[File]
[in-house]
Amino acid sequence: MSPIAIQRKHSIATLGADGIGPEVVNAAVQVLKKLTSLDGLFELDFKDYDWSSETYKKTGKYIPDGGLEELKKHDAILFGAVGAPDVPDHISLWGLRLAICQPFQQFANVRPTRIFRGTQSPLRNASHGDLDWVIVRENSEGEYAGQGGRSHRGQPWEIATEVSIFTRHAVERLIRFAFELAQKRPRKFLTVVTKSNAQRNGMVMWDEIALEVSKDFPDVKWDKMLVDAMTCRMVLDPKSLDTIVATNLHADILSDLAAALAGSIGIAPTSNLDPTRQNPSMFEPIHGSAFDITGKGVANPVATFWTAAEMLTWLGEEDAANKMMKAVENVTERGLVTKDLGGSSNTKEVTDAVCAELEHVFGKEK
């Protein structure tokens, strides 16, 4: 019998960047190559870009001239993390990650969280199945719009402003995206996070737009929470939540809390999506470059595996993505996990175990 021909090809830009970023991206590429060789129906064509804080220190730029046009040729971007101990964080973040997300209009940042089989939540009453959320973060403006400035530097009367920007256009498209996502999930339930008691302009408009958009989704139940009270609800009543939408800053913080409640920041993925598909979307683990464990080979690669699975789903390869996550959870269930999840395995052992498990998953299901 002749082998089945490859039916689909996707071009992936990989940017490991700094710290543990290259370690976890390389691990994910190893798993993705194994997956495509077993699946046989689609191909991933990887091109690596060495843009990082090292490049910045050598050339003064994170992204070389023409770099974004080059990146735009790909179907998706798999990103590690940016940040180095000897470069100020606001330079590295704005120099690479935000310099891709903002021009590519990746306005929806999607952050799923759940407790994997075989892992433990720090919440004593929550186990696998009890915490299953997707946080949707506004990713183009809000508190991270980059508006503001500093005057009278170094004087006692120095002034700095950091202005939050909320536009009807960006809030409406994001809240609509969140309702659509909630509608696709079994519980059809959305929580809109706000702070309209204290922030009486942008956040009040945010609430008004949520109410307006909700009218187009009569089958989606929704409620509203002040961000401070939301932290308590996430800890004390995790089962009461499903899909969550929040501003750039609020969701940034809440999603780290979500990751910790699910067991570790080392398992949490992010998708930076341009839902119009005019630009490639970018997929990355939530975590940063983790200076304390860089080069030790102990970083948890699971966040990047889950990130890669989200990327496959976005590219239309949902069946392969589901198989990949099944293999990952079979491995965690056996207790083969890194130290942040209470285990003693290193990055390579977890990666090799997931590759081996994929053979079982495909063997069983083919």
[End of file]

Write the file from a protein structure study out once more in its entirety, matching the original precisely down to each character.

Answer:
[in-house]
Amino acid sequence: MSPIAIQRKHSIATLGADGIGPEVVNAAVQVLKKLTSLDGLFELDFKDYDWSSETYKKTGKYIPDGGLEELKKHDAILFGAVGAPDVPDHISLWGLRLAICQPFQQFANVRPTRIFRGTQSPLRNASHGDLDWVIVRENSEGEYAGQGGRSHRGQPWEIATEVSIFTRHAVERLIRFAFELAQKRPRKFLTVVTKSNAQRNGMVMWDEIALEVSKDFPDVKWDKMLVDAMTCRMVLDPKSLDTIVATNLHADILSDLAAALAGSIGIAPTSNLDPTRQNPSMFEPIHGSAFDITGKGVANPVATFWTAAEMLTWLGEEDAANKMMKAVENVTERGLVTKDLGGSSNTKEVTDAVCAELEHVFGKEK
């Protein structure tokens, strides 16, 4: 019998960047190559870009001239993390990650969280199945719009402003995206996070737009929470939540809390999506470059595996993505996990175990 021909090809830009970023991206590429060789129906064509804080220190730029046009040729971007101990964080973040997300209009940042089989939540009453959320973060403006400035530097009367920007256009498209996502999930339930008691302009408009958009989704139940009270609800009543939408800053913080409640920041993925598909979307683990464990080979690669699975789903390869996550959870269930999840395995052992498990998953299901 002749082998089945490859039916689909996707071009992936990989940017490991700094710290543990290259370690976890390389691990994910190893798993993705194994997956495509077993699946046989689609191909991933990887091109690596060495843009990082090292490049910045050598050339003064994170992204070389023409770099974004080059990146735009790909179907998706798999990103590690940016940040180095000897470069100020606001330079590295704005120099690479935000310099891709903002021009590519990746306005929806999607952050799923759940407790994997075989892992433990720090919440004593929550186990696998009890915490299953997707946080949707506004990713183009809000508190991270980059508006503001500093005057009278170094004087006692120095002034700095950091202005939050909320536009009807960006809030409406994001809240609509969140309702659509909630509608696709079994519980059809959305929580809109706000702070309209204290922030009486942008956040009040945010609430008004949520109410307006909700009218187009009569089958989606929704409620509203002040961000401070939301932290308590996430800890004390995790089962009461499903899909969550929040501003750039609020969701940034809440999603780290979500990751910790699910067991570790080392398992949490992010998708930076341009839902119009005019630009490639970018997929990355939530975590940063983790200076304390860089080069030790102990970083948890699971966040990047889950990130890669989200990327496959976005590219239309949902069946392969589901198989990949099944293999990952079979491995965690056996207790083969890194130290942040209470285990003693290193990055390579977890990666090799997931590759081996994929053979079982495909063997069983083919």